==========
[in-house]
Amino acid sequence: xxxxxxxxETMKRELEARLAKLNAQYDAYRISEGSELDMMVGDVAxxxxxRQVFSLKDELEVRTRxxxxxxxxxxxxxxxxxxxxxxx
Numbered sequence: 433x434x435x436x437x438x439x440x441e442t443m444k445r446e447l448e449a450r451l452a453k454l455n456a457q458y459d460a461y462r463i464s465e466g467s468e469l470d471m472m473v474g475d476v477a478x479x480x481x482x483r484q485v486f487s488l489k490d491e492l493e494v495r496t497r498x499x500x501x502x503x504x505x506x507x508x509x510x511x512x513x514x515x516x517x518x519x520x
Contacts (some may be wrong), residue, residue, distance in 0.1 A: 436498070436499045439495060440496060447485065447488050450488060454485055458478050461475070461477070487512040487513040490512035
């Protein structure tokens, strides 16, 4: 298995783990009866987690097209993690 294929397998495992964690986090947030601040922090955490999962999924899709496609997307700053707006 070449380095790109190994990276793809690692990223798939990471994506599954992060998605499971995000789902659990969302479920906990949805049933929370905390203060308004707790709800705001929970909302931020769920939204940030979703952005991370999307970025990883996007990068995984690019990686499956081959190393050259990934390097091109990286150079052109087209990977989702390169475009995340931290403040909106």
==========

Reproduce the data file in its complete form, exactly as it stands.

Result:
[in-house]
Amino acid sequence: xxxxxxxxETMKRELEARLAKLNAQYDAYRISEGSELDMMVGDVAxxxxxRQVFSLKDELEVRTRxxxxxxxxxxxxxxxxxxxxxxx
Numbered sequence: 433x434x435x436x437x438x439x440x441e442t443m444k445r446e447l448e449a450r451l452a453k454l455n456a457q458y459d460a461y462r463i464s465e466g467s468e469l470d471m472m473v474g475d476v477a478x479x480x481x482x483r484q485v486f487s488l489k490d491e492l493e494v495r496t497r498x499x500x501x502x503x504x505x506x507x508x509x510x511x512x513x514x515x516x517x518x519x520x
Contacts (some may be wrong), residue, residue, distance in 0.1 A: 436498070436499045439495060440496060447485065447488050450488060454485055458478050461475070461477070487512040487513040490512035
């Protein structure tokens, strides 16, 4: 298995783990009866987690097209993690 294929397998495992964690986090947030601040922090955490999962999924899709496609997307700053707006 070449380095790109190994990276793809690692990223798939990471994506599954992060998605499971995000789902659990969302479920906990949805049933929370905390203060308004707790709800705001929970909302931020769920939204940030979703952005991370999307970025990883996007990068995984690019990686499956081959190393050259990934390097091109990286150079052109087209990977989702390169475009995340931290403040909106």